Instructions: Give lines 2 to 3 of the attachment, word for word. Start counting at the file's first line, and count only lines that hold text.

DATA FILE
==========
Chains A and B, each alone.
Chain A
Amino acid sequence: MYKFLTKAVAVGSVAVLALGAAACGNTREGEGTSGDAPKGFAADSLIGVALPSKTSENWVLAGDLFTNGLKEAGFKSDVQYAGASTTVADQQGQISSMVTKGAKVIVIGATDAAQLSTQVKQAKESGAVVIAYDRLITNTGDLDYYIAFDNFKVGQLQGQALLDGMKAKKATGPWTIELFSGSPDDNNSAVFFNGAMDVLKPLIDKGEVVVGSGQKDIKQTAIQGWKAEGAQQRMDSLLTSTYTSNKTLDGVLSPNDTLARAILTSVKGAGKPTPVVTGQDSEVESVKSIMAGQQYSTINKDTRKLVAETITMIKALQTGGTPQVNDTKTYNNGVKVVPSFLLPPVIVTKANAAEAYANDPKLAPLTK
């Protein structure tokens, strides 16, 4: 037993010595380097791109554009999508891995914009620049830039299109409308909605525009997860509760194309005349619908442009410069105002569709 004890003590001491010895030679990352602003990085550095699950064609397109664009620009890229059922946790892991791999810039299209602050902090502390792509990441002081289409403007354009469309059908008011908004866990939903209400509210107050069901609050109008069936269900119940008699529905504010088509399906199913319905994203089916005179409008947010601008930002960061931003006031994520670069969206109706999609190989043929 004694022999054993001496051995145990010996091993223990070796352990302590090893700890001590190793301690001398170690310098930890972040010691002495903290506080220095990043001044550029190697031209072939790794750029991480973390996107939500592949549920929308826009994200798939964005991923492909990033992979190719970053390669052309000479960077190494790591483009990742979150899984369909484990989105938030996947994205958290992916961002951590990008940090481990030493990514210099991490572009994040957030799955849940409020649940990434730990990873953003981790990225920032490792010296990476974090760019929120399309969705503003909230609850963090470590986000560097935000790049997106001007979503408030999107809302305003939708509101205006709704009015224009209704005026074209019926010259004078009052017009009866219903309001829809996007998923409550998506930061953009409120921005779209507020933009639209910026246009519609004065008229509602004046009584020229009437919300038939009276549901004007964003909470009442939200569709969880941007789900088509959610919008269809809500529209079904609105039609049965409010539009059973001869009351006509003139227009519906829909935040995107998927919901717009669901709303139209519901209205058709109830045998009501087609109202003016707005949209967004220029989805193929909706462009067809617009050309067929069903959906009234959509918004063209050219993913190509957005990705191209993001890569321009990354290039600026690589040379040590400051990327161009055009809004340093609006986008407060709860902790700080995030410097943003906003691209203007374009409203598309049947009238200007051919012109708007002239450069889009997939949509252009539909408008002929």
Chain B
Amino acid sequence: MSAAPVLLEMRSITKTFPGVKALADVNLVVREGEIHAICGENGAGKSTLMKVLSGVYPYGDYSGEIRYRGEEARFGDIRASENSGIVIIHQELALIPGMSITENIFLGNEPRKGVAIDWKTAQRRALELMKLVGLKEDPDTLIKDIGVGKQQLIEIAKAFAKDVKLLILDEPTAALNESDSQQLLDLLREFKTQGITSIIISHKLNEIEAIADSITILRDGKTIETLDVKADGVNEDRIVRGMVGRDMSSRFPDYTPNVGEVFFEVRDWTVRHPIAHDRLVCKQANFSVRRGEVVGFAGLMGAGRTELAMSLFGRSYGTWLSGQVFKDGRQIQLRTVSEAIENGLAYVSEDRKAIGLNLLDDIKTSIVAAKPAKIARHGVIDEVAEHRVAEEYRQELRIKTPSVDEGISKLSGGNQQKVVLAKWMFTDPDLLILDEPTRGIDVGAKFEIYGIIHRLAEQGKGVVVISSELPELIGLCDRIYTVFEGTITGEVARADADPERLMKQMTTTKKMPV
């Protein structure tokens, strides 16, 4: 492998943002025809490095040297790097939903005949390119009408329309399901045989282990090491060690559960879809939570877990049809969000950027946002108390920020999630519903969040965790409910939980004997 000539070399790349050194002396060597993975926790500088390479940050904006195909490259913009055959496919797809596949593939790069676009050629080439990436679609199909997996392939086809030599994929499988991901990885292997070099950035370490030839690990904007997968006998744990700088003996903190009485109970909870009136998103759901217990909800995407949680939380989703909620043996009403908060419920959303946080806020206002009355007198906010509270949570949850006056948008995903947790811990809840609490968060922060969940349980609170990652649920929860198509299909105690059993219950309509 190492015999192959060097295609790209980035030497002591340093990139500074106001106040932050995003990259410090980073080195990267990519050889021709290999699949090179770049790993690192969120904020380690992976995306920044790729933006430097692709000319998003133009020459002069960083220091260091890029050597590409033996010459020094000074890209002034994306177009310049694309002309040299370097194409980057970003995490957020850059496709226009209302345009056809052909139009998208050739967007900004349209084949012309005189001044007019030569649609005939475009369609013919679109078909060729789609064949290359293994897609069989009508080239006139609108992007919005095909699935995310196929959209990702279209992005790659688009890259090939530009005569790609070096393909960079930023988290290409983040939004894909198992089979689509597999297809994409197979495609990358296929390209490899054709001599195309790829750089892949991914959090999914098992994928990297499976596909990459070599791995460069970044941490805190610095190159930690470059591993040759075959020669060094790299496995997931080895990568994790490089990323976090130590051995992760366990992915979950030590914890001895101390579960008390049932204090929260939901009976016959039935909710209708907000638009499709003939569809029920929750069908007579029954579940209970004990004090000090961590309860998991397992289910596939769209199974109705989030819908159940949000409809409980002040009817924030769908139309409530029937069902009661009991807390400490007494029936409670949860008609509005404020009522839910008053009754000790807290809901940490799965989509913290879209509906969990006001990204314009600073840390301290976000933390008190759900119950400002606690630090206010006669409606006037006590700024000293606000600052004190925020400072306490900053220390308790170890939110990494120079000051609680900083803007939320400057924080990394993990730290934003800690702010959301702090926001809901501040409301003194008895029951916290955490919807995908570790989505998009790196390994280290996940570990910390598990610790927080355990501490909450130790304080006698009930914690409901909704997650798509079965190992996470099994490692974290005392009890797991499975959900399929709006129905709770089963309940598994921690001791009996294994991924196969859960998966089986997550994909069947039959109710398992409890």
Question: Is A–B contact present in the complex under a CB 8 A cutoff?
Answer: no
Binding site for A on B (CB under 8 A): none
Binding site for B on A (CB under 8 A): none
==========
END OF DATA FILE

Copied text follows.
Chain A
Amino acid sequence: MYKFLTKAVAVGSVAVLALGAAACGNTREGEGTSGDAPKGFAADSLIGVALPSKTSENWVLAGDLFTNGLKEAGFKSDVQYAGASTTVADQQGQISSMVTKGAKVIVIGATDAAQLSTQVKQAKESGAVVIAYDRLITNTGDLDYYIAFDNFKVGQLQGQALLDGMKAKKATGPWTIELFSGSPDDNNSAVFFNGAMDVLKPLIDKGEVVVGSGQKDIKQTAIQGWKAEGAQQRMDSLLTSTYTSNKTLDGVLSPNDTLARAILTSVKGAGKPTPVVTGQDSEVESVKSIMAGQQYSTINKDTRKLVAETITMIKALQTGGTPQVNDTKTYNNGVKVVPSFLLPPVIVTKANAAEAYANDPKLAPLTK